‘Too Bad You’re Latin’Roundup
tags: discrimination, Latino history in America
... Latinos have been dying for America since before we were a nation. Why have our children not heard that thousands of Latino patriots fought for America in the Revolutionary War? Bernardo de Gálvez, a Spanish general, recruited Mexicans, Cubans, Native Americans and free African-Americans to fight against the British in the South, while Cuban women donated their jewelry and money to help the patriots. Where is the Ken Burns documentary about that?
Why don’t they know about the many Latinos in the War of 1812? Or anything of the 20,000 Latinos who fought valiantly in the Civil War? Or of those who earned Purple Hearts or the Croix de Guerre in World War I? Or of the up to 500,000 who served in the military in World War II?
It’s as if our heroism and sacrifice somehow counted less, as if we didn’t exist in history at all. Without a past to glorify and uplift you, how do you propel yourself into an unknown, tenuous future?
I’m only an amateur historian. But I am an expert on my own life and career. So to bring it around to more contemporary slights: Hispanics are the most underrepresented ethnic group in film and television. “Saturday Night Live” has only just hired its first Latina comic. Are we really to believe there are so few funny Latinos? We are similarly marginalized in business and corporate life.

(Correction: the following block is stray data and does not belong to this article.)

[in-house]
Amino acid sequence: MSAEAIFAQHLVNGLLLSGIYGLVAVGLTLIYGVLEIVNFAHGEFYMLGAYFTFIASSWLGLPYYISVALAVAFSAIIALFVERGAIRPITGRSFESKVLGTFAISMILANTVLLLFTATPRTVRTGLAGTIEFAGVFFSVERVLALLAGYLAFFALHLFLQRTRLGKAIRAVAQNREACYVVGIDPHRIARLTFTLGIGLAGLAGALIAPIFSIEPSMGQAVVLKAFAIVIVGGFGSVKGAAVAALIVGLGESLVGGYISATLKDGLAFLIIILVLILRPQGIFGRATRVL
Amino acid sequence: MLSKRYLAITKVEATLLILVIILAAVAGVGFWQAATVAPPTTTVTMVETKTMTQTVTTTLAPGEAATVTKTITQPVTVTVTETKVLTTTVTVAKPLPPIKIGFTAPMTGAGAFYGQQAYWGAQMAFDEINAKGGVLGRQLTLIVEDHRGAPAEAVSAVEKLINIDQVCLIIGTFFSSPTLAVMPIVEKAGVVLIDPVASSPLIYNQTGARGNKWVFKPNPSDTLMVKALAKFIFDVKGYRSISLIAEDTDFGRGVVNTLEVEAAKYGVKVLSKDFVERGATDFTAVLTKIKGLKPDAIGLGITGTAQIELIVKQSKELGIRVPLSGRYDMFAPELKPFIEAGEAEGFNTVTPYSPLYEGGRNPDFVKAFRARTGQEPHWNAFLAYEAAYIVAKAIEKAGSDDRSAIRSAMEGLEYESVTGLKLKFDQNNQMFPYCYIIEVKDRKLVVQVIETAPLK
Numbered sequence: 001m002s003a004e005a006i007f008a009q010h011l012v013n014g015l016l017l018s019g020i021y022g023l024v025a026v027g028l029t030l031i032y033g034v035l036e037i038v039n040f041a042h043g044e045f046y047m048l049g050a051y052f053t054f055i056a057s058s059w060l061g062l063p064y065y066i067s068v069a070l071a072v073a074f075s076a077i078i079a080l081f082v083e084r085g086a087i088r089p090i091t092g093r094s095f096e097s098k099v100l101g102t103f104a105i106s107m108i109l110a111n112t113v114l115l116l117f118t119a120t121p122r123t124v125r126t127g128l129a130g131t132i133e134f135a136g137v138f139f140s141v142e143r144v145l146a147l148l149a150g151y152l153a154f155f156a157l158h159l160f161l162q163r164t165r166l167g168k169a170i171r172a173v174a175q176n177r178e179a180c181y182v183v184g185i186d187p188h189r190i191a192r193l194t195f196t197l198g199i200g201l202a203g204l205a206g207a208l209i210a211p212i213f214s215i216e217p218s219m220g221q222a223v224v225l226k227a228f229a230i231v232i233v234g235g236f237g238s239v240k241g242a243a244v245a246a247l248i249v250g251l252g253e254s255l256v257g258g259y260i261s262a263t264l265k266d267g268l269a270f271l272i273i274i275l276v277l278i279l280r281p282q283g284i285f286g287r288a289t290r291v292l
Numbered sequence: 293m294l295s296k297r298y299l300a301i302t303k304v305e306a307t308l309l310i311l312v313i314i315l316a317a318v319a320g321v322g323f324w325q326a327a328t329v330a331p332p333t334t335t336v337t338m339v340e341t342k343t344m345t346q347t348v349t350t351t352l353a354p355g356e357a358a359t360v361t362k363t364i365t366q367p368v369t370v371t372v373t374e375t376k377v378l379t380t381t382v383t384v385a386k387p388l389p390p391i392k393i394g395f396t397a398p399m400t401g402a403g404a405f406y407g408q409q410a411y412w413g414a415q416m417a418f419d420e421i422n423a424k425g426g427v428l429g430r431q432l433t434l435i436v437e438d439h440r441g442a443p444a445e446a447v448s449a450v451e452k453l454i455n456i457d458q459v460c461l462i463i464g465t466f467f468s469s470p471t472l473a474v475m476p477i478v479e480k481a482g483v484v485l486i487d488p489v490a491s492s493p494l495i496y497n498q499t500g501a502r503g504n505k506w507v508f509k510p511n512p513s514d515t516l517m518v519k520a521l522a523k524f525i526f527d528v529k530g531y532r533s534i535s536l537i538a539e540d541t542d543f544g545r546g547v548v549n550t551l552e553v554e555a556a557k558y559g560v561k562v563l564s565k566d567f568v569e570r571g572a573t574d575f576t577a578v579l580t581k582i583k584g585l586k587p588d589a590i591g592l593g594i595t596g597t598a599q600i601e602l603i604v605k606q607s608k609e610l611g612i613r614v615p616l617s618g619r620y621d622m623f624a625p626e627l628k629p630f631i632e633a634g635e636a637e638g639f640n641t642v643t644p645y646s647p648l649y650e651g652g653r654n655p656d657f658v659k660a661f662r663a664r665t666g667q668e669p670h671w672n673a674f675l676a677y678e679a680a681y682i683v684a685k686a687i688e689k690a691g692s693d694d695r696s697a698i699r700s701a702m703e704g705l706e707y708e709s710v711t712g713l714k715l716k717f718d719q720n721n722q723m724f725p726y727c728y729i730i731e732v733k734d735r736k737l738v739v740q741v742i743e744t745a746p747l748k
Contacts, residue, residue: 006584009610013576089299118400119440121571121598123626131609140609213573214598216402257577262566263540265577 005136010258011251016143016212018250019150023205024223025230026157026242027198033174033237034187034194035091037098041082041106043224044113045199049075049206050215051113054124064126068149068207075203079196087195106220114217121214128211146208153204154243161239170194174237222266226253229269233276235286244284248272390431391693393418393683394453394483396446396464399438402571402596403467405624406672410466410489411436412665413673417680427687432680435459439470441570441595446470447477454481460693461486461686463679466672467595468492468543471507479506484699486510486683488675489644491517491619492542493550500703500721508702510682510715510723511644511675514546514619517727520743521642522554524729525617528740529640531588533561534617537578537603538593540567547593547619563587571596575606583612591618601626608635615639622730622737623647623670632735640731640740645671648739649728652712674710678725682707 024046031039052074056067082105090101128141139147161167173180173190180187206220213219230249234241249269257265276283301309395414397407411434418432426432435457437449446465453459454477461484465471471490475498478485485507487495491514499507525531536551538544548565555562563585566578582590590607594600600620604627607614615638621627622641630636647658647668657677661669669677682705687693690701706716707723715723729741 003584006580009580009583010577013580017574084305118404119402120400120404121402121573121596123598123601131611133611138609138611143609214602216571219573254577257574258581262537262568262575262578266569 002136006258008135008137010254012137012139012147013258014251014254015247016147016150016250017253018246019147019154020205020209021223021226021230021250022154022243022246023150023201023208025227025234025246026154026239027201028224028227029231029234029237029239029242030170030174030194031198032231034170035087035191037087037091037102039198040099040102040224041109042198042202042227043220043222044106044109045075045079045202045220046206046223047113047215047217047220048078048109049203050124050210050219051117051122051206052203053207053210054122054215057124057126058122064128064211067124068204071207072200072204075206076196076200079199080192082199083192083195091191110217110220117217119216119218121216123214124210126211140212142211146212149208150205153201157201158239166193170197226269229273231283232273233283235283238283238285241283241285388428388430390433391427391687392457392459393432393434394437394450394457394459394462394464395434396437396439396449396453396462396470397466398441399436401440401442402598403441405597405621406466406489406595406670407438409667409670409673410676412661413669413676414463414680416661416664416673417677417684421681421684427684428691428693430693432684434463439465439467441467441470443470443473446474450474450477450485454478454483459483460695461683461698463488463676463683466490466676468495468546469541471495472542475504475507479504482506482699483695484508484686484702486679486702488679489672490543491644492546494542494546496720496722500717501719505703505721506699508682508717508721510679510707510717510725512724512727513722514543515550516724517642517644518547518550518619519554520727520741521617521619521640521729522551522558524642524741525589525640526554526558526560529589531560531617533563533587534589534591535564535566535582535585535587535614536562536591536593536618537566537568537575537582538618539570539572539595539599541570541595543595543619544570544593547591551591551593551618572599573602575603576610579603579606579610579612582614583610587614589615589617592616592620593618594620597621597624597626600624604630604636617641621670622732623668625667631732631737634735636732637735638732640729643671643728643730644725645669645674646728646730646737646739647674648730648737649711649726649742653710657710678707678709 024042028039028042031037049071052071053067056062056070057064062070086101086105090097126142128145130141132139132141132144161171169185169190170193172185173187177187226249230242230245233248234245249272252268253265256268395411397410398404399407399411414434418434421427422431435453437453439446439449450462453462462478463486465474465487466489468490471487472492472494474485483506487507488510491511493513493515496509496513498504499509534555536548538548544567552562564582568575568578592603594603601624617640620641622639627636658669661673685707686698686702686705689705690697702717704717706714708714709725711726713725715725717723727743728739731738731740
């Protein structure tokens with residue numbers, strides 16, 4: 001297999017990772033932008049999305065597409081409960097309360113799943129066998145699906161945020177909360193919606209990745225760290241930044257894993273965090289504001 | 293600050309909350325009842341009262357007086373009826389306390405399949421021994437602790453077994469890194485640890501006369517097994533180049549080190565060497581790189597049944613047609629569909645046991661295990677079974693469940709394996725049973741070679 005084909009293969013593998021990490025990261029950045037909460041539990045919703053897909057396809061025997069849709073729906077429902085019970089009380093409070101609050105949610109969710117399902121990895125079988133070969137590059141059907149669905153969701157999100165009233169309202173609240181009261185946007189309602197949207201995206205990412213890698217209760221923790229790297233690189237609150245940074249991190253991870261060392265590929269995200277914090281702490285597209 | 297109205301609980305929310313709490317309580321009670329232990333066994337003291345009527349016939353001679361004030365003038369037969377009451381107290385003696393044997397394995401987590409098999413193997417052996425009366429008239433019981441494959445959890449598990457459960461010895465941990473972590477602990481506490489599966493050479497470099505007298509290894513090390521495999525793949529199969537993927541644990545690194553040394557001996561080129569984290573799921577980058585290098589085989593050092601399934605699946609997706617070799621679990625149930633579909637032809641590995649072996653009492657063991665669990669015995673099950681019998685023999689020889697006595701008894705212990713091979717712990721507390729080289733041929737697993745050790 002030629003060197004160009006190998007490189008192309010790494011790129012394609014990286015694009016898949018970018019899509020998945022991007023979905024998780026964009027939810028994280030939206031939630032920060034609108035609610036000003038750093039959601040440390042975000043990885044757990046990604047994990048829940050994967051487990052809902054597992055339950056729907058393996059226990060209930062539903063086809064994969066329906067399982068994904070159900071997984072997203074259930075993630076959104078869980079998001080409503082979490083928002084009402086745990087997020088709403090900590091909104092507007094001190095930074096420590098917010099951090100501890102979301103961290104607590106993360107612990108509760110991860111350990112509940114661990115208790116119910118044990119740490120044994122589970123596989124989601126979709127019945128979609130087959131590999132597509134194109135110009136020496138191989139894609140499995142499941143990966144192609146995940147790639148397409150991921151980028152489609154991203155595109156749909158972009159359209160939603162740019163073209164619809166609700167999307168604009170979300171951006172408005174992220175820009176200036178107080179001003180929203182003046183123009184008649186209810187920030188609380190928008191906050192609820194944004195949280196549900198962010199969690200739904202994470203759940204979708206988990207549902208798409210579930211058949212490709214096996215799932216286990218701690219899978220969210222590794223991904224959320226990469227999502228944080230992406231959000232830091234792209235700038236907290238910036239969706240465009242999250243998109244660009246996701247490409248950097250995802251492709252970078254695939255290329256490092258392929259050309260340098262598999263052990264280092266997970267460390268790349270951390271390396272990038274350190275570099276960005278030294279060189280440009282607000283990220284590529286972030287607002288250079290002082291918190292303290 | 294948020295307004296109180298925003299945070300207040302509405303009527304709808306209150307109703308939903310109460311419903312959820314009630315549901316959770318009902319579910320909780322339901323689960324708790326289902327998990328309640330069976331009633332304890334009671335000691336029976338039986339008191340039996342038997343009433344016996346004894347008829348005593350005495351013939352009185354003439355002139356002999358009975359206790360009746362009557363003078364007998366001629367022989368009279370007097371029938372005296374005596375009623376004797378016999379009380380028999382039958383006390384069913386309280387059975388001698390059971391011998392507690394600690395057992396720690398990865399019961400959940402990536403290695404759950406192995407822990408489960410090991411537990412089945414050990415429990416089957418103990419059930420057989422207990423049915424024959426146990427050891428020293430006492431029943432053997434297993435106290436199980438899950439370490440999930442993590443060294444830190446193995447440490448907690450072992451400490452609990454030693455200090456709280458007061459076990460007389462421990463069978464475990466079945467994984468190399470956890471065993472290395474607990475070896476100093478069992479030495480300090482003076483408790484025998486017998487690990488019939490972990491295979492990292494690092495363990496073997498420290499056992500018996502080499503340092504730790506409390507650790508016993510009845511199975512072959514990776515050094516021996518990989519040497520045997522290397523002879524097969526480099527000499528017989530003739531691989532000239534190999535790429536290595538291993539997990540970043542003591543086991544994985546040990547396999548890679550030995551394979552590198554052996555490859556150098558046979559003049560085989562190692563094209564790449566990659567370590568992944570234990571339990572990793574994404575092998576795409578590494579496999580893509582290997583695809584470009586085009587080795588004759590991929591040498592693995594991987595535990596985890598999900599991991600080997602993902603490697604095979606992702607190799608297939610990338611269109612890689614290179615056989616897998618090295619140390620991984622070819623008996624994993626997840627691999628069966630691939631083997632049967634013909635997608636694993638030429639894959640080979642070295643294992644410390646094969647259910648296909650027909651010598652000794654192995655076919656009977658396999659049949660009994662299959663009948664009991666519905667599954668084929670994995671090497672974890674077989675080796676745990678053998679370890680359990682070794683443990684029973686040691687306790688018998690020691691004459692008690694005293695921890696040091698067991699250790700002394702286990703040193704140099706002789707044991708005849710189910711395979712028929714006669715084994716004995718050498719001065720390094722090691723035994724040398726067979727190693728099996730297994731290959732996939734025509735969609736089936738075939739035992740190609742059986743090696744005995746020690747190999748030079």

This exclusion sends a painful message to every Latino child about how he is seen and judged. Latino people face a double challenge: to create our own positive self-image while battling against the way the broader society portrays us. Without textbooks in schools that do justice to our contributions to the making of America, and without media representation expanding to include more Latin faces and voices, we are vulnerable to a demagogue like Mr. Trump claiming that we are all “drug dealers,” “rapists” and “criminals.” ...
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